Thuparamaya, the oldest Stupa in Sri Lanka built after the introduction of Buddhism to Sri Lanka. The Thuparamaya, built by King Devanapiyatissa, enshrines the sacred collar bone of the Buddha. This relic, a gift from India, stands testimony to the cordial relations enjoyed by the then Sri Lanka ruler. The columns around the stupa were a part of the walkway that supported a roof which covered the sacred edifice. Aesthetically, the interior of such a structure must have been the stunning expression of wood engineering and of the most skilful craftsmanship. The edifice’s conical design, unique in the architectural history of the world, continues to be discussed and debated by scholars and scientists. The discovery of medical texts and surgical instruments dating back to the Anuradhapura period confirm the Quality of life during that era. The tradition of using stone troughs as medicinal baths to cure the sick was in vogue during the Anuradhapura and subsequent Polonnaruwa periods and before Buddhism was introduced to Sri Lanka. The patient, whether paralytic or in a coma after a snake bite, was immersed in a bath enriched with the appropriate medicinal potions that would gradually be absorbed into the body. Interestingly, the shape of the vessel was moulded to economize on the expensive fluid. The name Thuparamaya is a residential complex for Bhikkhus.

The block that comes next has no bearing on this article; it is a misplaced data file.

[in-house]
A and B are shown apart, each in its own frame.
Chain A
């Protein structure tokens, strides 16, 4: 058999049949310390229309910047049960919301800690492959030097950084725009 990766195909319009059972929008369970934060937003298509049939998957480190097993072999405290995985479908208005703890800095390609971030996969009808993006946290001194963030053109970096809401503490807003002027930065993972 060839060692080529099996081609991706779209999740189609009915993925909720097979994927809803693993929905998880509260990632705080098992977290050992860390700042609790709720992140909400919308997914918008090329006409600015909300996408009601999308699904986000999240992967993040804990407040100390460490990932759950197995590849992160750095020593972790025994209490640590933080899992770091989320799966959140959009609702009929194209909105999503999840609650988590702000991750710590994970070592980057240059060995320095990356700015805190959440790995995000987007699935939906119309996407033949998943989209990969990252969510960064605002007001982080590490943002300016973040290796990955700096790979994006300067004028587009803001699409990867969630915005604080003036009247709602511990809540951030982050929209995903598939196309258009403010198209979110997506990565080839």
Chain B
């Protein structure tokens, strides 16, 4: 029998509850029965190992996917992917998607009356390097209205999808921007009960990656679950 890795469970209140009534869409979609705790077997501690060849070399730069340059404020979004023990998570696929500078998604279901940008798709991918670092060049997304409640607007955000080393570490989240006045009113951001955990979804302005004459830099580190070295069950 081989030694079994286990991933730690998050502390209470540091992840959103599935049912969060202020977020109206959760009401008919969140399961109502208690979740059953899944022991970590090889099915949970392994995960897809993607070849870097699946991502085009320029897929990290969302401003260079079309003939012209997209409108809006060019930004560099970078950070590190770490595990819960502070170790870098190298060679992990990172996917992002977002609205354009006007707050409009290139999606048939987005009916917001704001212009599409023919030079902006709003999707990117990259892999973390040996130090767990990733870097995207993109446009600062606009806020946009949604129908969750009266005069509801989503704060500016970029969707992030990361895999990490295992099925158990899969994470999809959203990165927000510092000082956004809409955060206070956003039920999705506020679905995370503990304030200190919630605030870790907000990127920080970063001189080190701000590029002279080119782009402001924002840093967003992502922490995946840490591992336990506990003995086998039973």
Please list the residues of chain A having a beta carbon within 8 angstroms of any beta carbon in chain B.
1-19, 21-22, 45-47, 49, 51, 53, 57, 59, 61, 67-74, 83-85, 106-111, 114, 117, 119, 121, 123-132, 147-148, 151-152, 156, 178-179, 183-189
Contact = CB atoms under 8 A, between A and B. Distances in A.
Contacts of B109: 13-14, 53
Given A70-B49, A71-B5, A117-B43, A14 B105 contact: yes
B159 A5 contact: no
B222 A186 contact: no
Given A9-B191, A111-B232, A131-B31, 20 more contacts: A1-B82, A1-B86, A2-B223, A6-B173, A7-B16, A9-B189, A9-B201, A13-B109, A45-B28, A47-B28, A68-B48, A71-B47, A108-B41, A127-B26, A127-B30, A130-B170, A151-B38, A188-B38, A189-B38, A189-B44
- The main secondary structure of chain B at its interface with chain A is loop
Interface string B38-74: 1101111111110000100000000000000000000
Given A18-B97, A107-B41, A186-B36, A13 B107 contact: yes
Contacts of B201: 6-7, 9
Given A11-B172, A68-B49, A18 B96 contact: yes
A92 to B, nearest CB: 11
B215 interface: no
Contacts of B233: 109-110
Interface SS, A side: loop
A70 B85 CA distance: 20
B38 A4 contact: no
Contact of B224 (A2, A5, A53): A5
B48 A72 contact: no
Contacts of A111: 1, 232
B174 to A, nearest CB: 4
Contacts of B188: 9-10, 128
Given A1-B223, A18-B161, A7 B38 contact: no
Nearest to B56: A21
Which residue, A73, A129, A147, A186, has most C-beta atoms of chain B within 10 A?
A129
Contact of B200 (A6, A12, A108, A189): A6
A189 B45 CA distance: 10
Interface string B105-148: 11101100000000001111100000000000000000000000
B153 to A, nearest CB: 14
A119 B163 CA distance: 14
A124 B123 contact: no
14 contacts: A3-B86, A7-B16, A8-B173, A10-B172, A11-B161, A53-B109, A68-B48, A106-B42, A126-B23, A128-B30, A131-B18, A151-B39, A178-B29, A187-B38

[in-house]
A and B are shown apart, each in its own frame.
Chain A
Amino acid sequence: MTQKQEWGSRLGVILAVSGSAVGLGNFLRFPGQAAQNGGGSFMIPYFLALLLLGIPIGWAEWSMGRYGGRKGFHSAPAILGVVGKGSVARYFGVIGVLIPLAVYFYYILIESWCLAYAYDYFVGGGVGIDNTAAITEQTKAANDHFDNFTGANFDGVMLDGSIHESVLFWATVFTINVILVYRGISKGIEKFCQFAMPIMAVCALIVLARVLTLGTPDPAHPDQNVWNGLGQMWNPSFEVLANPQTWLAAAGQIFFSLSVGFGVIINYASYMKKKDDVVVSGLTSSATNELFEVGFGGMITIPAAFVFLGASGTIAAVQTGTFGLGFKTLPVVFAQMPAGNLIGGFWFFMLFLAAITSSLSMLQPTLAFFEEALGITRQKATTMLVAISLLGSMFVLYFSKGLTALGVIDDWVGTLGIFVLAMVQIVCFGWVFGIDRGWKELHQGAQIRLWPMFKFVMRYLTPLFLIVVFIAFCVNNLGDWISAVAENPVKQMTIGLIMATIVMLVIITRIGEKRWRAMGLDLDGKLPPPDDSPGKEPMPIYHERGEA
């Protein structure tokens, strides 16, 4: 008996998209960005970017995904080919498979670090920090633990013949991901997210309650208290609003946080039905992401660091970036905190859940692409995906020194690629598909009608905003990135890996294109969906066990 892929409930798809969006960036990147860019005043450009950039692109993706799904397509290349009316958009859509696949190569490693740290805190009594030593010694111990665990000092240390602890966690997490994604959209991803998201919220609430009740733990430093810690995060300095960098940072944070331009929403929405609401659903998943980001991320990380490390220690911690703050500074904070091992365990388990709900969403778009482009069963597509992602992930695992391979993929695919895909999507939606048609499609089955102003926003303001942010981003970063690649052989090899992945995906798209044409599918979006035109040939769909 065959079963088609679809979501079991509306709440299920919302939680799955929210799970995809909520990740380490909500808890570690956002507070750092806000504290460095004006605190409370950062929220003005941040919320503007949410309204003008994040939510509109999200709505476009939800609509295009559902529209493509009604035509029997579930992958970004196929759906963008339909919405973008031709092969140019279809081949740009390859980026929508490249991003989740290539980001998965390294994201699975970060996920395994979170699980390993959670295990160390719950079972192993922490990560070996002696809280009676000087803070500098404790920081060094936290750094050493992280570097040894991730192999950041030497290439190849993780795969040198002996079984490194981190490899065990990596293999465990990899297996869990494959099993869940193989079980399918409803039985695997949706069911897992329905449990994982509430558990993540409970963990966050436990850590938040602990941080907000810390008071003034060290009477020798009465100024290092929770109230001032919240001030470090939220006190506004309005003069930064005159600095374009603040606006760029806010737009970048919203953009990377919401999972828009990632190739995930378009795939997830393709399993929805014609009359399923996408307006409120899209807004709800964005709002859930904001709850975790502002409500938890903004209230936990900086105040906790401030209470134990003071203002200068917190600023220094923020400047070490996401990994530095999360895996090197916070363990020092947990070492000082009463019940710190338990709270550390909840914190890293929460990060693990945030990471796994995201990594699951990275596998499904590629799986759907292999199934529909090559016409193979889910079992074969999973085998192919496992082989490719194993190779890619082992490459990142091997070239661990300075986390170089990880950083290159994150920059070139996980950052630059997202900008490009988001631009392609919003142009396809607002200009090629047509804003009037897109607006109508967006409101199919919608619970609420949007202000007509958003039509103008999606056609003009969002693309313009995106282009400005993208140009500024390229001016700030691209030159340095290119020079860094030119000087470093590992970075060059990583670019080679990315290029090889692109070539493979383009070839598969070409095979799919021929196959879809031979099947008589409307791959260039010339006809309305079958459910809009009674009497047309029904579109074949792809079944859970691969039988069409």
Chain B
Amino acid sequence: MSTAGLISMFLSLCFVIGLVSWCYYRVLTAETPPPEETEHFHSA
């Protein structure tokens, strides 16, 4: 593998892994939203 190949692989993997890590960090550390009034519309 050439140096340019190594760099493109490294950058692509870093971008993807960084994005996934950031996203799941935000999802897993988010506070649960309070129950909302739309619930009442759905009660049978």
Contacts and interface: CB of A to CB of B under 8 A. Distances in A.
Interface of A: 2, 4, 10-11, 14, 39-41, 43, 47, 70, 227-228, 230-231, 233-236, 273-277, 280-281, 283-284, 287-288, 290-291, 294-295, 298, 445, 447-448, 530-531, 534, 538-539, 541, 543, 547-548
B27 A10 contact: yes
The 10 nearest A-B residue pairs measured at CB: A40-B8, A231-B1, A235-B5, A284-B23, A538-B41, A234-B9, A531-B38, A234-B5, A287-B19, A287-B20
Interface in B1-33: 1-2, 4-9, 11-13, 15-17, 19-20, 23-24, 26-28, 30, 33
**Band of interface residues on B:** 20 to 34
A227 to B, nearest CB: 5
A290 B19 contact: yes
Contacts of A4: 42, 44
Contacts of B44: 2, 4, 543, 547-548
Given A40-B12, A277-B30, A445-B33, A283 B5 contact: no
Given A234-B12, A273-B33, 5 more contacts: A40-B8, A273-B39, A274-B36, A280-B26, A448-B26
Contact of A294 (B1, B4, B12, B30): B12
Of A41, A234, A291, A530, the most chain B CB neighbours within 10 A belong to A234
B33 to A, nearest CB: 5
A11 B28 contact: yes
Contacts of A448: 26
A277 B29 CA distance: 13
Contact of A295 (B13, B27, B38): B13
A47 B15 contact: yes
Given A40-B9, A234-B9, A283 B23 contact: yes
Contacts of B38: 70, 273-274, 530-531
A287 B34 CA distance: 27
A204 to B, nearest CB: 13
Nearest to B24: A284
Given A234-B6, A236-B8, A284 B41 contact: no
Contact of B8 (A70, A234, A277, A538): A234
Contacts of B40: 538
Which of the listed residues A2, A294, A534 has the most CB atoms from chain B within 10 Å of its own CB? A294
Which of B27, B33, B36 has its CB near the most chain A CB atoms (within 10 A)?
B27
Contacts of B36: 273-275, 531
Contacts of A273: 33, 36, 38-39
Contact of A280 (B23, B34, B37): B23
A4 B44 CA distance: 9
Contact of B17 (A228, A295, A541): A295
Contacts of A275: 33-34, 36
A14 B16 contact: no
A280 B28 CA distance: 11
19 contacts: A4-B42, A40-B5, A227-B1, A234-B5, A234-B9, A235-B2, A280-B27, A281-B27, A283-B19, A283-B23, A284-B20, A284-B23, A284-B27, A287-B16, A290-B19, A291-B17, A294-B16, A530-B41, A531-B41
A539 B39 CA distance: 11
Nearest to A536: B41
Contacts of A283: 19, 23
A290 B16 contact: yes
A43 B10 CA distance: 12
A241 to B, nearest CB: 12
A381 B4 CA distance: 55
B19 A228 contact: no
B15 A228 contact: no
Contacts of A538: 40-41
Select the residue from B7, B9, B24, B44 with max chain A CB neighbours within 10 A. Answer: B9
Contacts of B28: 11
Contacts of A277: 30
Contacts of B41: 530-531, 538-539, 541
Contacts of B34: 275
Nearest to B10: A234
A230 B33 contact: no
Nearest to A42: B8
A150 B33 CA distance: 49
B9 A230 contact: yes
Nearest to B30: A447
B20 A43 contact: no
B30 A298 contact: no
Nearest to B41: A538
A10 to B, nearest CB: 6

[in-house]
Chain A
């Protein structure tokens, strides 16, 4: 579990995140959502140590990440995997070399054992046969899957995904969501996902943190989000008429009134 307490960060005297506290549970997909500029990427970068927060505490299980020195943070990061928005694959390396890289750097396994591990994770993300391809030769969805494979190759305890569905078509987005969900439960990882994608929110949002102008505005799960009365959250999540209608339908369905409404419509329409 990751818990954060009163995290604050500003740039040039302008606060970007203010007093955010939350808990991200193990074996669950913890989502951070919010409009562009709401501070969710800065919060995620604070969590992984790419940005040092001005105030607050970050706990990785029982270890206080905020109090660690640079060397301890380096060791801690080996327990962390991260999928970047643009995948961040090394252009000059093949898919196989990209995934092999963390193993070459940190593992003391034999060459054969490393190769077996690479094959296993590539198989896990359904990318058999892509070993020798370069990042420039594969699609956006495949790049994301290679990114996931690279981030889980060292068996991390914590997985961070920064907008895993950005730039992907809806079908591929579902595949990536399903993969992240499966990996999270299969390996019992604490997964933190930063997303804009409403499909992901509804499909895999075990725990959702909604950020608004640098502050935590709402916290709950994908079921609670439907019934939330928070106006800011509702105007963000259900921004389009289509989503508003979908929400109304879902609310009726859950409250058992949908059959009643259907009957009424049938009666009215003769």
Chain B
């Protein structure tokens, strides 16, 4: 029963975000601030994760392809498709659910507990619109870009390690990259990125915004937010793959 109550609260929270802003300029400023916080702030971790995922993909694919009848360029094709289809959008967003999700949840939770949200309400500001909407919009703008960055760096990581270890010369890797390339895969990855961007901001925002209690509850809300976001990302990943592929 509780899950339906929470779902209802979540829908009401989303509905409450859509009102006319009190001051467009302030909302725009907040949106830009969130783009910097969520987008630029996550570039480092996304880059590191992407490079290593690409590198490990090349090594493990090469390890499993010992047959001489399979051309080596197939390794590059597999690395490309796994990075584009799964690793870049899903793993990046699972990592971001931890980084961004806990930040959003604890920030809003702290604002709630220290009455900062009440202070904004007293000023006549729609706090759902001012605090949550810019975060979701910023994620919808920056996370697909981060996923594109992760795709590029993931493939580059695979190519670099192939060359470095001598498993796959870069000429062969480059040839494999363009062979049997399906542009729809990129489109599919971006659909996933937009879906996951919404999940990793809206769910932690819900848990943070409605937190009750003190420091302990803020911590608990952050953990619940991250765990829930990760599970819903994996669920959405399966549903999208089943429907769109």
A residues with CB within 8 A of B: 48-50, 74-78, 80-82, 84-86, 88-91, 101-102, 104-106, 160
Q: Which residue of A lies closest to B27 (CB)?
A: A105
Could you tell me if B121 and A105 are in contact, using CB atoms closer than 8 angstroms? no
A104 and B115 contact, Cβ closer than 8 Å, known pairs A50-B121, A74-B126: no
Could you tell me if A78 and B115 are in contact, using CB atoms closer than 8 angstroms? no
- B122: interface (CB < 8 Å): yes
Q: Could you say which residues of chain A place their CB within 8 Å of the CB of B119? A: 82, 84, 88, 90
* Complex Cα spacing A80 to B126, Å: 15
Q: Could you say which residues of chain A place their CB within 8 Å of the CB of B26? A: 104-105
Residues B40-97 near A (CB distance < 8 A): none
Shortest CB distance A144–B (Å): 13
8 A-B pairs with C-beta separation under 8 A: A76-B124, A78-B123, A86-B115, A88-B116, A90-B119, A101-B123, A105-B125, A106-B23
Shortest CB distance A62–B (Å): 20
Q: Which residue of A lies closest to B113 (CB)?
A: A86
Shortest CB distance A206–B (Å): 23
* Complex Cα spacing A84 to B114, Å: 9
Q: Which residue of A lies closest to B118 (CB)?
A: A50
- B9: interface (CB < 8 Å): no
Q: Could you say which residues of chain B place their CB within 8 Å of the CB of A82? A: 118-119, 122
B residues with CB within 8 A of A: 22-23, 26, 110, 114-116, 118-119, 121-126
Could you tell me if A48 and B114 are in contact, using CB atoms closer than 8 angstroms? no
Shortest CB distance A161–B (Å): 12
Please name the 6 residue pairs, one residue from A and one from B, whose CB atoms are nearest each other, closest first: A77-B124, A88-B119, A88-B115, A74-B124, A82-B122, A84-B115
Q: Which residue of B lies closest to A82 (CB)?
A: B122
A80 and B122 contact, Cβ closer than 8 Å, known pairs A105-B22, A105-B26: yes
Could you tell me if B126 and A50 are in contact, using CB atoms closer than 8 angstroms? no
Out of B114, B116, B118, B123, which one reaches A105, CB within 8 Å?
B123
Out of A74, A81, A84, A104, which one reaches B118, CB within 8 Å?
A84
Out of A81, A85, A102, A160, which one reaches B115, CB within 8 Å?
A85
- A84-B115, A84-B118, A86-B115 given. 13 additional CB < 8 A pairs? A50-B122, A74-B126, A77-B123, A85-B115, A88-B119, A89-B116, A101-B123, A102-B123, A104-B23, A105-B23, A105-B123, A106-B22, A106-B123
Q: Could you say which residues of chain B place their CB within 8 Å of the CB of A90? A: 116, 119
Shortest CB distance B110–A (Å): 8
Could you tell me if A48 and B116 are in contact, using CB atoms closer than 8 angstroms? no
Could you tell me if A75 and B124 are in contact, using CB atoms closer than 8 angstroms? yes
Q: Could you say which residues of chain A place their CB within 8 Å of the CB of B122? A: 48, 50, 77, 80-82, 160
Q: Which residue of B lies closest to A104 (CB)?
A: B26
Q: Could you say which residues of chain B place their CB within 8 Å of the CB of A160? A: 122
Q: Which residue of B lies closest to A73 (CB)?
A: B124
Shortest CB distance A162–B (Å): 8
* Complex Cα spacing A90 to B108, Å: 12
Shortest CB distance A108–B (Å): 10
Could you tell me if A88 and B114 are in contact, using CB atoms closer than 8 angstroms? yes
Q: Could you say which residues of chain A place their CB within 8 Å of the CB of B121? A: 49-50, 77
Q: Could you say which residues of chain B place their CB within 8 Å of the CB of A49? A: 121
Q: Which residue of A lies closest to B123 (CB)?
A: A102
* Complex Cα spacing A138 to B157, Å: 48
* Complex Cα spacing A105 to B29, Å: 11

Text by Neil Kiriella